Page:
A bootleg of this game is known as "Top Racer".

A Pole Position unit appears in the 1983 movie 'Joysticks'.

A Pole Position upright cabinet appears in the Judas Priest music video 'Freewheel Burning'. The gameplay shows the head of Rob Halford (lead singer) in the player's car :)

Parkers Brothers released a boardgame based on this videogame (same name) : Players put various movement cards (move 5, move 4, move rookie/move 2, move 2/shift track) in an attempt to be the first car around the track.


Differences between the Namco and the Atari version :

* On the title screen, Namco's original version say '1LAP 4359M', Atari's version convert this in : '1LAP 2. 709mi.'

* At the start of the game, a Goodyear blimp carries the white banner across the screen in the Namco version while a blimp with the word 'Atari' carries the white banner across the screen.

* The white banner that flies across the screen in the Namco version says 'Yosen Start!' on it accompanied by a woman's voice that says 'Yosen Start desu'. It means 'Preliminary Start'. The Atari version has the white banner and a woman's voice say 'PREPARE TO QUALIFY'.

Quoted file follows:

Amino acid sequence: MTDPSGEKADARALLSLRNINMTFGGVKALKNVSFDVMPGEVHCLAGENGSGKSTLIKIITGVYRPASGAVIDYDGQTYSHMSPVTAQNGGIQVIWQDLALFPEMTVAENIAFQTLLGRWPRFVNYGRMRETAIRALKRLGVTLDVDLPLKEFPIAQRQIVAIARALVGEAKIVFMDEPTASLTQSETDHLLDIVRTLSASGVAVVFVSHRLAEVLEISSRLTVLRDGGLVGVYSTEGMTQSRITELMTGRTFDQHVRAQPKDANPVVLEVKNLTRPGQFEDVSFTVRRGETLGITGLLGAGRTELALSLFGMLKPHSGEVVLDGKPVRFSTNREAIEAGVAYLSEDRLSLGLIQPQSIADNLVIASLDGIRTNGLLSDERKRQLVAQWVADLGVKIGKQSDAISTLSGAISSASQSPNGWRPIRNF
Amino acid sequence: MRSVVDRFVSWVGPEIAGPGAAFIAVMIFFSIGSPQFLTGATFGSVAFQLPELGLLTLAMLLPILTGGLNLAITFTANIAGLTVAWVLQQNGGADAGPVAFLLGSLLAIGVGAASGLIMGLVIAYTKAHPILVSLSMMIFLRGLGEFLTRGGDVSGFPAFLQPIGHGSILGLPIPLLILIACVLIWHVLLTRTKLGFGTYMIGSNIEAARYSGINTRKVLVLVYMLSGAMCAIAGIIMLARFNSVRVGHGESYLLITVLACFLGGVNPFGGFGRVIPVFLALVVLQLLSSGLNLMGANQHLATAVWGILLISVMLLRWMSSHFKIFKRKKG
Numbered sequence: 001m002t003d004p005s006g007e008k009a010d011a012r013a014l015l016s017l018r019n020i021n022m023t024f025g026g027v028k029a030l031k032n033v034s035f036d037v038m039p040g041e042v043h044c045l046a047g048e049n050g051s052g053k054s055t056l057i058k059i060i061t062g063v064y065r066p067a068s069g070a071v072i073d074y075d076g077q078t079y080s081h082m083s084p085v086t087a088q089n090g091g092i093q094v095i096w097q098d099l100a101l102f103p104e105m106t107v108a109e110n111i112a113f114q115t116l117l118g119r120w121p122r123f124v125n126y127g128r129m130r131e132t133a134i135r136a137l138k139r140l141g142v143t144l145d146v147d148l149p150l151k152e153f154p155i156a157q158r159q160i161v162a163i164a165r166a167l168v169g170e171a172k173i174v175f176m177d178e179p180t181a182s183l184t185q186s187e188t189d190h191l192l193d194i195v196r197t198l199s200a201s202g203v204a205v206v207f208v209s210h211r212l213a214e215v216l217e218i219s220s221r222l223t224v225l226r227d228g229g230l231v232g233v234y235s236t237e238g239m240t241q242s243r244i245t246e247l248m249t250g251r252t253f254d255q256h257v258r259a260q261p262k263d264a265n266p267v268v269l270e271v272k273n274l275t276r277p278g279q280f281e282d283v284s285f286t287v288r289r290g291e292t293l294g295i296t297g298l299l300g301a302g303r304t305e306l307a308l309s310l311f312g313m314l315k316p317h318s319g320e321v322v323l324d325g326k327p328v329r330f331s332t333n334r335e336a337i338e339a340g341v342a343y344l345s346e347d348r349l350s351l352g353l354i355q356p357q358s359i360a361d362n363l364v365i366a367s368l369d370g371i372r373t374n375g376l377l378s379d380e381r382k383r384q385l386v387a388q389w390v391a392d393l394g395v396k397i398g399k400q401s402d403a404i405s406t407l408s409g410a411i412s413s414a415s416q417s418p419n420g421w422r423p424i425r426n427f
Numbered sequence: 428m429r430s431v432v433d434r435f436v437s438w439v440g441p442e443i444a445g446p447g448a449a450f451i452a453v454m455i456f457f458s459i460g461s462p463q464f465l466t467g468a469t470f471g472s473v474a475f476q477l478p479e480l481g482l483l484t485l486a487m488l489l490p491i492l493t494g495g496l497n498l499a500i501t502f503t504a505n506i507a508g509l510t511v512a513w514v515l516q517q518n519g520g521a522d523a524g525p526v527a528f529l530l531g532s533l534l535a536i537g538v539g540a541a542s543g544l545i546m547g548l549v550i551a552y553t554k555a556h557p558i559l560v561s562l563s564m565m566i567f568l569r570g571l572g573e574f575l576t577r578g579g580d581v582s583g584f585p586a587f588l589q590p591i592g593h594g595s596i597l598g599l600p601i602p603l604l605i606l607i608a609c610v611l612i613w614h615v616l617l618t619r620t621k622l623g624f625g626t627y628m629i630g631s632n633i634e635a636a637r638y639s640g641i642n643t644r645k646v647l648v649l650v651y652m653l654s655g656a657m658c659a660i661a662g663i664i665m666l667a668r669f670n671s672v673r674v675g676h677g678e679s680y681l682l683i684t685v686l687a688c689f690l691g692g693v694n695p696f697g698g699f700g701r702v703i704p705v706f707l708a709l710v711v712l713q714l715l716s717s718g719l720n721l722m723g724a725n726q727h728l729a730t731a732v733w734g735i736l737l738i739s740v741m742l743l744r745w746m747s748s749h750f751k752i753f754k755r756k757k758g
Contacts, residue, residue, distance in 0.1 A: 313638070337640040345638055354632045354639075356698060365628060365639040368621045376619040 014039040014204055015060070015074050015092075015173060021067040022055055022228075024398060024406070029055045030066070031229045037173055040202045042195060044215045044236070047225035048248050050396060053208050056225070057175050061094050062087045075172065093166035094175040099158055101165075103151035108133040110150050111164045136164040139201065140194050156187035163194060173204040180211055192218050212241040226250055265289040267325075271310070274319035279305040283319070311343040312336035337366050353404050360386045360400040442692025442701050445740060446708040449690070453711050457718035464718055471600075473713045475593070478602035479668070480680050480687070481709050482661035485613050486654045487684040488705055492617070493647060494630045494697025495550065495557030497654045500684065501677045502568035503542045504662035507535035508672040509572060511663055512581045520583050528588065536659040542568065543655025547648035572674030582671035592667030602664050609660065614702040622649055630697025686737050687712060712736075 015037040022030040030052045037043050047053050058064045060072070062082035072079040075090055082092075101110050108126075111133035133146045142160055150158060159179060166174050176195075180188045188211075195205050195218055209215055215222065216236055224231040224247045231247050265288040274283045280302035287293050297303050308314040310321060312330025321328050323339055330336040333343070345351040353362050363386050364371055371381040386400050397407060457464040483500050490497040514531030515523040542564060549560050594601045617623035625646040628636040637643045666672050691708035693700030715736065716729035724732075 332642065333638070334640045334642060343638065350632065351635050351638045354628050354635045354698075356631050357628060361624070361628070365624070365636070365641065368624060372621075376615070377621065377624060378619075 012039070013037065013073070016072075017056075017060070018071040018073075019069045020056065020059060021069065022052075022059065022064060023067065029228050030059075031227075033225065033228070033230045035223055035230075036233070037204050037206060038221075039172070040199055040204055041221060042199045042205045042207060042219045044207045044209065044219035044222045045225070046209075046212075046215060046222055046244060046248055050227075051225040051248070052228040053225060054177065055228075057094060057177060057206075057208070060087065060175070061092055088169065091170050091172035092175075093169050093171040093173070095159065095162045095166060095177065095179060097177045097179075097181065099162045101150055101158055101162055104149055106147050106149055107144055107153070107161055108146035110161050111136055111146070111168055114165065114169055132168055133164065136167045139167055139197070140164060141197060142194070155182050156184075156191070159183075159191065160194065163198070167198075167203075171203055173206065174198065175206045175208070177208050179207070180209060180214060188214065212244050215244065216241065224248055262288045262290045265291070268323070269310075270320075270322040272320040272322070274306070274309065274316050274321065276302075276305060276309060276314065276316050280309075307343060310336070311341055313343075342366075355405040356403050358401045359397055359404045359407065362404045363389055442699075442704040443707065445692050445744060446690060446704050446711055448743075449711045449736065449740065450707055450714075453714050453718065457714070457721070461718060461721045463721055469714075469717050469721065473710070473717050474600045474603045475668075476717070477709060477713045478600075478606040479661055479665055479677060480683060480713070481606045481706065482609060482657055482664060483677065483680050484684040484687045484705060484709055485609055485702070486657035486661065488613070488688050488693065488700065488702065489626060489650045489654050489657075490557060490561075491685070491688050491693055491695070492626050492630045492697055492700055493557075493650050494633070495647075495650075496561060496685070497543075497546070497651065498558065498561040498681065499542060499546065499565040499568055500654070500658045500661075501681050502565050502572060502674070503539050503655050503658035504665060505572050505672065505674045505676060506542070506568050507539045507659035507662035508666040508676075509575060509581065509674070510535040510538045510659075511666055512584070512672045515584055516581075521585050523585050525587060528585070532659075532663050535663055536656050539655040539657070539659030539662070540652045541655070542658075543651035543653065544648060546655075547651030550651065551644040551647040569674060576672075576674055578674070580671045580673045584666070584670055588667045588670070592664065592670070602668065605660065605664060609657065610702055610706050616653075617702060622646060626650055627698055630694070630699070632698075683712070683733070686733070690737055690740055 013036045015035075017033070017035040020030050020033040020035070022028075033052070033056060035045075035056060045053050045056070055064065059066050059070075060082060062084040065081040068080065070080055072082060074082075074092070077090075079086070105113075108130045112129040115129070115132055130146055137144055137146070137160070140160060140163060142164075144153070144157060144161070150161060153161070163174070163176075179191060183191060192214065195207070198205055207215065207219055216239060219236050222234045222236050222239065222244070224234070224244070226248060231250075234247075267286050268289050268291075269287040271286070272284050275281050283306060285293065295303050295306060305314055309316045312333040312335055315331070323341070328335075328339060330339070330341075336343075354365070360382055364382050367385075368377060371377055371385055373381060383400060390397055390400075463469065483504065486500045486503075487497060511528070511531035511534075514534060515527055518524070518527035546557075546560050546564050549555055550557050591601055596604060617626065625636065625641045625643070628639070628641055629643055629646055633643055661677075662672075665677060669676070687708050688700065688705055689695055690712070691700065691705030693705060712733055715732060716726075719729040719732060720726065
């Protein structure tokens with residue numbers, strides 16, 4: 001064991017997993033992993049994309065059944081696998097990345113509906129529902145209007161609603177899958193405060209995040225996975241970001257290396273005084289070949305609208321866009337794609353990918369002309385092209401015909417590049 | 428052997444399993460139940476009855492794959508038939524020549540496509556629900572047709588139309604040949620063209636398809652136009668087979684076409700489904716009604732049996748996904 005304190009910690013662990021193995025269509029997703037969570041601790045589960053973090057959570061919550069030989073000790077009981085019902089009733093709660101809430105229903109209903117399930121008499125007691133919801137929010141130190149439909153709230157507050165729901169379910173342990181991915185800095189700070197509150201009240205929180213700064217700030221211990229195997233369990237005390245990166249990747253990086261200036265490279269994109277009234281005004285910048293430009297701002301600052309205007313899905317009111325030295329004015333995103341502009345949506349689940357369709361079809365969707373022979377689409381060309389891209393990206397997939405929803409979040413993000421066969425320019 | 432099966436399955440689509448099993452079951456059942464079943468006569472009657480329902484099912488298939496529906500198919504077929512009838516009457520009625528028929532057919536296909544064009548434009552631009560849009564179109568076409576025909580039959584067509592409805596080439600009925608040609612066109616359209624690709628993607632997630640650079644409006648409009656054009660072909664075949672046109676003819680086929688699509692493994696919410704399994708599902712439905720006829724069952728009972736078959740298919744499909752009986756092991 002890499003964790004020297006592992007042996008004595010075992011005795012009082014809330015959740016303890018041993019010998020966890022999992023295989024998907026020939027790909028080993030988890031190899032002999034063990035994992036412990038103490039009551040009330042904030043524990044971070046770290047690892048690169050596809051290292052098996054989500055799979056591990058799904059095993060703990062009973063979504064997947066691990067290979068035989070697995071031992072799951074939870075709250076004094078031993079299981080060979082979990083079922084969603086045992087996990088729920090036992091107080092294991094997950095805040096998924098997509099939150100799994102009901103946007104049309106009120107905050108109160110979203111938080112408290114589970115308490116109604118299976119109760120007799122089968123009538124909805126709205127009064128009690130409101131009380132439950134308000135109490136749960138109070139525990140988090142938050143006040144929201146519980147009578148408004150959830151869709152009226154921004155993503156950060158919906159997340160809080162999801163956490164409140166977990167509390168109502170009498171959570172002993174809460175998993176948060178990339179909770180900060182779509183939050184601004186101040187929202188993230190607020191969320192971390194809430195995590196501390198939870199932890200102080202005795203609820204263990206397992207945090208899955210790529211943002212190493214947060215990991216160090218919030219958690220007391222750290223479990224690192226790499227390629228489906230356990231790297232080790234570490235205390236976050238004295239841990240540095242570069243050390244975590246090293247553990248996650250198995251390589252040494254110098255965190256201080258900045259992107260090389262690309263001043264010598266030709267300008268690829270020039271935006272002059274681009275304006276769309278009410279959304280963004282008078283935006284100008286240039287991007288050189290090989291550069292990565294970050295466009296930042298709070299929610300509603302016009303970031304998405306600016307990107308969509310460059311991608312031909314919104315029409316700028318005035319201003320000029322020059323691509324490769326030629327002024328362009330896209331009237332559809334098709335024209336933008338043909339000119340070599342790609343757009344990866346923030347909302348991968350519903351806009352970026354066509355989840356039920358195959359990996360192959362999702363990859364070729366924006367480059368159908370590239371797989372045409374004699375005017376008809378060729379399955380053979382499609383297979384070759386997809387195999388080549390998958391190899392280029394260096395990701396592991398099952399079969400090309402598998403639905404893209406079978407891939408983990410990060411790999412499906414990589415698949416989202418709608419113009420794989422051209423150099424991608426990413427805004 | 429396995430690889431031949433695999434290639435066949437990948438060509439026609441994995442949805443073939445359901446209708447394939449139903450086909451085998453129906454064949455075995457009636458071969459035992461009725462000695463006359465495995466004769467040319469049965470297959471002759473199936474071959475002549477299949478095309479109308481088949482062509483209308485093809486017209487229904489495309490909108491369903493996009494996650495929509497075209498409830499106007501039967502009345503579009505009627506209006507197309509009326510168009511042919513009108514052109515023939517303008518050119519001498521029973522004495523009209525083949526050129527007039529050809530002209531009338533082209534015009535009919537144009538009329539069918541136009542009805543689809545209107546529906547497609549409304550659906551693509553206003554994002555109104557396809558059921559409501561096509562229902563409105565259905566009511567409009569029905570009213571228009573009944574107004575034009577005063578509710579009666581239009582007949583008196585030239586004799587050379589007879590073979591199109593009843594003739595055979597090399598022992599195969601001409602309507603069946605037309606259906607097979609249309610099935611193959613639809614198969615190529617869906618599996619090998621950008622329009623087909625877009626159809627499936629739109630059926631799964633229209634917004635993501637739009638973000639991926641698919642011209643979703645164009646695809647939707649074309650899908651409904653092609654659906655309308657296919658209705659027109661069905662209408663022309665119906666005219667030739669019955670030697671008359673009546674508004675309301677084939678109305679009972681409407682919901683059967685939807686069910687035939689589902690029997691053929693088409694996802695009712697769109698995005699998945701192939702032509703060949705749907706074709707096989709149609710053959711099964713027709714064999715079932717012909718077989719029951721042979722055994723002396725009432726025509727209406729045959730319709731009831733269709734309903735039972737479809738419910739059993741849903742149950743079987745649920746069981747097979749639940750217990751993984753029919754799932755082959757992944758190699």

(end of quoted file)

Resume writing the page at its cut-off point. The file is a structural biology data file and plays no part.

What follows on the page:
* There are billboards for "Dig Dug" and "Centipede" in Atari's version, instead of 'Marlboro' and 'Pepsi' in Namco's version.


* Easter Egg :

1) Enter service mode.

2) Turn wheel to 04; Change the shifter from LO to HI.

3) Turn wheel to 45; Change the shifter from LO to HI.

4) Turn wheel to 55; Change the shifter from LO to HI.

5) Turn wheel to 56; Change the shifter from LO to HI.

6) Turn wheel to 91; Change the shifter from LO to HI.

'(c) 1982 NAMCO LTD.' will appear on the screen.


1. Pole Position (1982)

2. Pole Position II (1983)

3. Final Lap (1987)

4. Final Lap UR (1988)

5. Final Lap Twin (1989, NEC PC-Engine)

6. Final Lap 2 (1990)

7. Final Lap 3 (1992)

8. Final Lap R (1993)

9. Final Lap 2000 (2000, Bandai WonderSwan)

10. Final Lap Special (2001, Bandai WonderSwan Color)


Sound : Nobuyuki Ohnogi


* Consoles :

Atari 2600 (1983)

Atari 5200 (1983)

GCE Vectrex (1983)

Atari XEGS

Mattel Intellivision (1987)

Atari 7800 (1989)

Sony PlayStation (1995, "Namco Museum Vol.1")

Nintendo 64 (1999, "Namco Museum 64")

Sega Dreamcast (1999, "Namco Museum")

Sony PlayStation 2 (2001, "Namco Museum")

Nintendo GameCube (2002, "Namco Museum")

Microsoft XBOX (2002, "Namco Museum")

Sony PlayStation 2 (2005, "Namco Museum 50th Anniversary")

Microsoft XBOX (2005, "Namco Museum 50th Anniversary")

Nintendo GameCube (2005,"Namco Museum 50th Anniversary")

* Computers :

Atari 800 (1983)

Commodore VIC-20 (1983)

Commodore C64 (1983)

Texas Instruments TI-99/4A (1983)

Sinclair ZX Spectrum (1984)

Amstrad CPC (1985)

PC [MS-DOS] (1986)

PC [MS Windows 95, 3.5''] (1995, "Microsoft Return of Arcade")

PC [MS Windows, CD-ROM] (2000, "Microsoft Return of Arcade 20th Anniversary")

PC [MS Windows, CD-ROM] (2005, "Namco Museum 50th Anniversary")

* Others :

Ms. Pac-Man TV Game (2004 - Jakk's Pacific)

Ms. Pac-Man TV Game Wireless Version (2005 - Jakk's Pacific)